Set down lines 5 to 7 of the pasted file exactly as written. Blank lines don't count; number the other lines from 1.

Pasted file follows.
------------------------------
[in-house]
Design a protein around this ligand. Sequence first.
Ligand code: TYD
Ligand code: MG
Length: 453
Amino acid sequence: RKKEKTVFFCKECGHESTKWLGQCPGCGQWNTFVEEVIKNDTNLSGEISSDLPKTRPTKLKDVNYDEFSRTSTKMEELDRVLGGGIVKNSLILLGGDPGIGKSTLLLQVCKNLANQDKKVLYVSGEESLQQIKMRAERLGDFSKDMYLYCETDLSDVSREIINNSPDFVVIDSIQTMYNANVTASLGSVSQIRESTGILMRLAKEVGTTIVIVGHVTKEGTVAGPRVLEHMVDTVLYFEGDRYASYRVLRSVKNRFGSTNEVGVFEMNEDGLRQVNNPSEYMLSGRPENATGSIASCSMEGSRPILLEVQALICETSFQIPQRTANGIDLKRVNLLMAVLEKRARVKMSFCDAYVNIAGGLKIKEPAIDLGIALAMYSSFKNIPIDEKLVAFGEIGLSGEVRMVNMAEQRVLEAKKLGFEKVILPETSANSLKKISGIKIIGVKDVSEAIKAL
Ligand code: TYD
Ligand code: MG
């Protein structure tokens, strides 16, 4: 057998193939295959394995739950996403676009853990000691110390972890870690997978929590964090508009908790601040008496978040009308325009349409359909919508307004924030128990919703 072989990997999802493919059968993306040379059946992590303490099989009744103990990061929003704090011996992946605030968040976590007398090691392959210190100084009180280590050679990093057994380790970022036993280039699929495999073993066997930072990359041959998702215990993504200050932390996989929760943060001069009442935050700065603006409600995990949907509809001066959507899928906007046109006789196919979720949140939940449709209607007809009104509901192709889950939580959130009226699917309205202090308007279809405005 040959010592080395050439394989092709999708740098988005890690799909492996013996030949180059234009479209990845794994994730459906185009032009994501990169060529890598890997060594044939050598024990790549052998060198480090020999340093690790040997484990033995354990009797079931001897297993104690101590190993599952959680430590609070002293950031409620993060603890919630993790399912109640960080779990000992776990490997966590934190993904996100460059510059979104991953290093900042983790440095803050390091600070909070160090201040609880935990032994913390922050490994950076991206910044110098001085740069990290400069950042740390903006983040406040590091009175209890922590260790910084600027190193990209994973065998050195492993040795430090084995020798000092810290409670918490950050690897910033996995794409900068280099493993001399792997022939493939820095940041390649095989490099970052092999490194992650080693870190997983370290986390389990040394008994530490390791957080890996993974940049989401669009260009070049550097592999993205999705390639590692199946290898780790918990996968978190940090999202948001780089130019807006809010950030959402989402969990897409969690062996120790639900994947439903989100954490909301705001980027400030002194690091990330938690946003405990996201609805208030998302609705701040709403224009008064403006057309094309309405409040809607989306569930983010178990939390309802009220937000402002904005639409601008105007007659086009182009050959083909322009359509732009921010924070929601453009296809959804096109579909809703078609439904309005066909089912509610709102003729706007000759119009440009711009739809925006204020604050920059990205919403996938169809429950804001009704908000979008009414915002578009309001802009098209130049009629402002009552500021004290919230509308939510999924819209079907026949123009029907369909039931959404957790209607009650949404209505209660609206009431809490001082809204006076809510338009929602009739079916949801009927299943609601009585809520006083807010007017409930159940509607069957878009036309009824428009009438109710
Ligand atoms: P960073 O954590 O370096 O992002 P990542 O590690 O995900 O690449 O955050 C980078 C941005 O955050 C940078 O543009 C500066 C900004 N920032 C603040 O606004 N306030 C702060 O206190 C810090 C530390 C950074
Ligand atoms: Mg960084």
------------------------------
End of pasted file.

Length: 453
Amino acid sequence: RKKEKTVFFCKECGHESTKWLGQCPGCGQWNTFVEEVIKNDTNLSGEISSDLPKTRPTKLKDVNYDEFSRTSTKMEELDRVLGGGIVKNSLILLGGDPGIGKSTLLLQVCKNLANQDKKVLYVSGEESLQQIKMRAERLGDFSKDMYLYCETDLSDVSREIINNSPDFVVIDSIQTMYNANVTASLGSVSQIRESTGILMRLAKEVGTTIVIVGHVTKEGTVAGPRVLEHMVDTVLYFEGDRYASYRVLRSVKNRFGSTNEVGVFEMNEDGLRQVNNPSEYMLSGRPENATGSIASCSMEGSRPILLEVQALICETSFQIPQRTANGIDLKRVNLLMAVLEKRARVKMSFCDAYVNIAGGLKIKEPAIDLGIALAMYSSFKNIPIDEKLVAFGEIGLSGEVRMVNMAEQRVLEAKKLGFEKVILPETSANSLKKISGIKIIGVKDVSEAIKAL
Ligand code: TYD